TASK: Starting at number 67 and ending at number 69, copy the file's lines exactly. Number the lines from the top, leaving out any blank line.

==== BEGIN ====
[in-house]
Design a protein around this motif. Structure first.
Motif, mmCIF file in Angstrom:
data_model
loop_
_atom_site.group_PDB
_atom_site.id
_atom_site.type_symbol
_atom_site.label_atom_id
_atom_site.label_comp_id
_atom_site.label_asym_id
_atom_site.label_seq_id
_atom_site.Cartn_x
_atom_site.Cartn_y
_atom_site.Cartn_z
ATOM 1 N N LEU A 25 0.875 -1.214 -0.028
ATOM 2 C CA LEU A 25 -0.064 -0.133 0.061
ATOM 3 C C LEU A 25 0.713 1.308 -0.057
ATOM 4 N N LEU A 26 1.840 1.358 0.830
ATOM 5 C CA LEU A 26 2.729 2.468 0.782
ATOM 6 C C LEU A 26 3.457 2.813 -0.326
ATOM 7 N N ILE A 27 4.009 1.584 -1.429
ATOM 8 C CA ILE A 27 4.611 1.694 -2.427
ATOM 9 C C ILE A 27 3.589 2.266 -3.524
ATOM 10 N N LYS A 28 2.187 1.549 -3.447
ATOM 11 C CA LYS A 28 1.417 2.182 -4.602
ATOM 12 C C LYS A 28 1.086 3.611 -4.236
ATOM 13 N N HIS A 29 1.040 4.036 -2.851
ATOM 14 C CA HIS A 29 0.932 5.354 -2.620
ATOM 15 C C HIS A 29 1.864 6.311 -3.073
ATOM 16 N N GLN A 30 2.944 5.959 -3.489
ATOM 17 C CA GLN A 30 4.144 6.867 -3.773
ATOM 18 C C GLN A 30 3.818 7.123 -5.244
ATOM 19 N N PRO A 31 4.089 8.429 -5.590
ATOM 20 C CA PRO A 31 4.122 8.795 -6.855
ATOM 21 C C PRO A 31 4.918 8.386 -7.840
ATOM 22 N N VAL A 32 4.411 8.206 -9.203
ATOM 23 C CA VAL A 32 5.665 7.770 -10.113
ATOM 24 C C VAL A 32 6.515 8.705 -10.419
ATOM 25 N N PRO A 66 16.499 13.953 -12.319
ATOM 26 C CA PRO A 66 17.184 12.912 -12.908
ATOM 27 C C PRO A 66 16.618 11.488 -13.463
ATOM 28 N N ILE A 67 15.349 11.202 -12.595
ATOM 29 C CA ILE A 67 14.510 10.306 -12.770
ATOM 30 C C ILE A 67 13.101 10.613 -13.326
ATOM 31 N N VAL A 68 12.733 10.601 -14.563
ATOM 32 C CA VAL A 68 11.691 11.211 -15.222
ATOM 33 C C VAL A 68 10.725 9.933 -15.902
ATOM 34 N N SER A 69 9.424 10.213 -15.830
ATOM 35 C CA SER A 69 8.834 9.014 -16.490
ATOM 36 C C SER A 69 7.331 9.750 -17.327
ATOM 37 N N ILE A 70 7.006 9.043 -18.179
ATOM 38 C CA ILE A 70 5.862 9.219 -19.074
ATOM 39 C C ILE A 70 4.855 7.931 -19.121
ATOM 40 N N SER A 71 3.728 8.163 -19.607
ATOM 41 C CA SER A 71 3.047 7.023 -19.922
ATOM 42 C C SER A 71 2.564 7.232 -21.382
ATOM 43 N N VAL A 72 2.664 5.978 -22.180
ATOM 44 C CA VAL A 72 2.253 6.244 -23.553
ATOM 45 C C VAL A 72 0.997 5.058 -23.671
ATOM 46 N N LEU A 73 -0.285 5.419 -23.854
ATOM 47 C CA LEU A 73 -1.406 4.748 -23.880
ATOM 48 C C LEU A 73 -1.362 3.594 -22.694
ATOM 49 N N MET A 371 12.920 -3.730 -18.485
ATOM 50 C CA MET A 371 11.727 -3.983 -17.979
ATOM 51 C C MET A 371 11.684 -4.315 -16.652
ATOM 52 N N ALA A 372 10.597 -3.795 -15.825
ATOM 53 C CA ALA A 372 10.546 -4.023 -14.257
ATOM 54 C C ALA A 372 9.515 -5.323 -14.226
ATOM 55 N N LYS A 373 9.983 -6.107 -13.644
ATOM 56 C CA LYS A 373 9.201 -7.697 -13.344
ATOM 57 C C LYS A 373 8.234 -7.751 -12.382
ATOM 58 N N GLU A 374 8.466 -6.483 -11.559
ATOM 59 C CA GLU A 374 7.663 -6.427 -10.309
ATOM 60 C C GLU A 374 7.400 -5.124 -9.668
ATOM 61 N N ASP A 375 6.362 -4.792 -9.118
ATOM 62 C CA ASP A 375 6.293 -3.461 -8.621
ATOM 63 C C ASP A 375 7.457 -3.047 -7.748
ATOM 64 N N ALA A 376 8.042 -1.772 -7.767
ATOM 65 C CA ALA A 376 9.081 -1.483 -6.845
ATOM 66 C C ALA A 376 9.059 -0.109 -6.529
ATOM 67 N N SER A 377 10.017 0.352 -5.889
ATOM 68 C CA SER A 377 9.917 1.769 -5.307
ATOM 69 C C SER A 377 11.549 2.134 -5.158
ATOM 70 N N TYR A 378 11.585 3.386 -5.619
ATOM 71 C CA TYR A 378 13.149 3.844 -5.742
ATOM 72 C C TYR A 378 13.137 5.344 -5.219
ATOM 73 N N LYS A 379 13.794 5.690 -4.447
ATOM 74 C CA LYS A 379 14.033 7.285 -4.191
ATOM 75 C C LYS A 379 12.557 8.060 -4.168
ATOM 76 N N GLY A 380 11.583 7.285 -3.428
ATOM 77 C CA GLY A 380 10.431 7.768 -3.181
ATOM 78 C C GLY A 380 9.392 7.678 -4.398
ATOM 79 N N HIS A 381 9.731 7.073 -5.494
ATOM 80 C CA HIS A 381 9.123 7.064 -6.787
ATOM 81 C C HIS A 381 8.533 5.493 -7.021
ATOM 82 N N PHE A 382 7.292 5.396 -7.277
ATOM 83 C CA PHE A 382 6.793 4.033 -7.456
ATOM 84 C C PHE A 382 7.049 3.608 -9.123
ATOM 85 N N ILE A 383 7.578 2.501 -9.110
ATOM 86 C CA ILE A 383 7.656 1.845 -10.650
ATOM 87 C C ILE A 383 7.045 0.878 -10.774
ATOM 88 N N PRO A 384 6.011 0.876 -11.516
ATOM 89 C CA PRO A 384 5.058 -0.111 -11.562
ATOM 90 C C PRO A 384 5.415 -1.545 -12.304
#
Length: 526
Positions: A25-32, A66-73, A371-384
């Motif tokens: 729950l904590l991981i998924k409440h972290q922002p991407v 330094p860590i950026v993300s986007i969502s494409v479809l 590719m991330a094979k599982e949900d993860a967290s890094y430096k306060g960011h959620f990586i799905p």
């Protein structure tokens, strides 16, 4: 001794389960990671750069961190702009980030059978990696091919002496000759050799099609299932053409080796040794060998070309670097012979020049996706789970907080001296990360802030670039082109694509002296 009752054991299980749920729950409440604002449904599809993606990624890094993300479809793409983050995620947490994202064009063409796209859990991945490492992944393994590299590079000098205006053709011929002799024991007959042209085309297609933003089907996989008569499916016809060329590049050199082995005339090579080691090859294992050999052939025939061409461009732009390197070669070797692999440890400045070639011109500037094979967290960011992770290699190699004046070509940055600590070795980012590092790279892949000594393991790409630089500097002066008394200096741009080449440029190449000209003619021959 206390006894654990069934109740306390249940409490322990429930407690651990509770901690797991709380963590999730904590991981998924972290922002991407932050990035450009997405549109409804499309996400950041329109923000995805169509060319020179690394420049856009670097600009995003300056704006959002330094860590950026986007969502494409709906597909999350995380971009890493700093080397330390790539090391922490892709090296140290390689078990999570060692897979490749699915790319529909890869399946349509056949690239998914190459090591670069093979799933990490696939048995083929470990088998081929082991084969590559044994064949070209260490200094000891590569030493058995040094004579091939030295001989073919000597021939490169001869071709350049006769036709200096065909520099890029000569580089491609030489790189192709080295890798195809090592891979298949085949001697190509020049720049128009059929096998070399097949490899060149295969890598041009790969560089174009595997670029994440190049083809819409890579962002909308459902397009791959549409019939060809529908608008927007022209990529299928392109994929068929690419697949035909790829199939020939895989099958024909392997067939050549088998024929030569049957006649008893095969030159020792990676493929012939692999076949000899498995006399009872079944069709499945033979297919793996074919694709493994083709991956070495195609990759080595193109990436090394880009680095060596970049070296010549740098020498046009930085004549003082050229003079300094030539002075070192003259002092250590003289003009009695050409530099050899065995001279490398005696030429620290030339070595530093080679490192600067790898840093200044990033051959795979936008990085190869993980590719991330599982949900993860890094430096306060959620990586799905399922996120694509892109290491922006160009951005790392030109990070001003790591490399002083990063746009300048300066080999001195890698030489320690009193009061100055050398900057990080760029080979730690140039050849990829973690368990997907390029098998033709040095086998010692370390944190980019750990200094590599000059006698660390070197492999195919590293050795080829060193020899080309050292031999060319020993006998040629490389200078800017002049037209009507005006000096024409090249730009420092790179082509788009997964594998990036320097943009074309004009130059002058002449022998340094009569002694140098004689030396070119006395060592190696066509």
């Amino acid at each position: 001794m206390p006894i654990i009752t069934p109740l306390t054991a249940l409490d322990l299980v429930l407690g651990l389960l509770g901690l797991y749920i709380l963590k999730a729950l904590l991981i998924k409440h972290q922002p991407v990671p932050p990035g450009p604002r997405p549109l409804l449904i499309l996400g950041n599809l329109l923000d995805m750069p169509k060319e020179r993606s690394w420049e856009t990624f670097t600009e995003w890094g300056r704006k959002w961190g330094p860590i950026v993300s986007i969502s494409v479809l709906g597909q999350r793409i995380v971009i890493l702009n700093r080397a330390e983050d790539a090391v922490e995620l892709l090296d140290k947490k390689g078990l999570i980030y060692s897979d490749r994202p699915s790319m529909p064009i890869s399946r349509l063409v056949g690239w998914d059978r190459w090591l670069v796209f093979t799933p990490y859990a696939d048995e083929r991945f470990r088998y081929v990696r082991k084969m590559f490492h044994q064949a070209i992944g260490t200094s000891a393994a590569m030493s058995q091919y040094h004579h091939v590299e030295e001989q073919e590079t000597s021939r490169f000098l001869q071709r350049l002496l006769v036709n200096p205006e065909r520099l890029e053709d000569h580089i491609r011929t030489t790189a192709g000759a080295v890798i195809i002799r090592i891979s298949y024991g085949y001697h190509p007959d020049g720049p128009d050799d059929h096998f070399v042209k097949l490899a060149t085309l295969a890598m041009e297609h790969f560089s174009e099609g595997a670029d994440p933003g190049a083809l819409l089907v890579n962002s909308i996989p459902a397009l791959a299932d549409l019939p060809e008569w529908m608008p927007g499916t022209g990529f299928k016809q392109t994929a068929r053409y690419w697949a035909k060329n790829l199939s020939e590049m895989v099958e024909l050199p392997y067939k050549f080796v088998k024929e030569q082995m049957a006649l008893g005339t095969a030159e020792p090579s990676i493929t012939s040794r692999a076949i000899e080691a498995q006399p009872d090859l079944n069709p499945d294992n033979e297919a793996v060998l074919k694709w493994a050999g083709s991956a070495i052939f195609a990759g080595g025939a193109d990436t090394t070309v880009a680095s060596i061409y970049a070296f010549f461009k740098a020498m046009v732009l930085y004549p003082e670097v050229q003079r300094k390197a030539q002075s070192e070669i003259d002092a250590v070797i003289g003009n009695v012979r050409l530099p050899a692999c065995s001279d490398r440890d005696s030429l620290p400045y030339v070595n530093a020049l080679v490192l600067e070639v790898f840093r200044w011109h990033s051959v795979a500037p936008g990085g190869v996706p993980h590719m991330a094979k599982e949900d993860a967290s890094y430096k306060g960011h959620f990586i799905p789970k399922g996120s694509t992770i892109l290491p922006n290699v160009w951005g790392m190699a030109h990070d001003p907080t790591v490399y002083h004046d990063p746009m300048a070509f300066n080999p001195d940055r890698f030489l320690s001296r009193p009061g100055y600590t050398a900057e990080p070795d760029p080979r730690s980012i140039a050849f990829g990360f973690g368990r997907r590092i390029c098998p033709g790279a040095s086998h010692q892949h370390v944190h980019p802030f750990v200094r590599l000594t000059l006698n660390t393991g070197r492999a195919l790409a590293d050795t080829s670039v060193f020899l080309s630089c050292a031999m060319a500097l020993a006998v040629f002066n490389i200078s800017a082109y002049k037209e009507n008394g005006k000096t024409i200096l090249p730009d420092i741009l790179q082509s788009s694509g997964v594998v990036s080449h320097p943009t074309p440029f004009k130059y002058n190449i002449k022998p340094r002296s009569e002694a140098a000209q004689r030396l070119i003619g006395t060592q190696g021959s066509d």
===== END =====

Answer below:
ATOM 52 N N ALA A 372 10.597 -3.795 -15.825
ATOM 53 C CA ALA A 372 10.546 -4.023 -14.257
ATOM 54 C C ALA A 372 9.515 -5.323 -14.226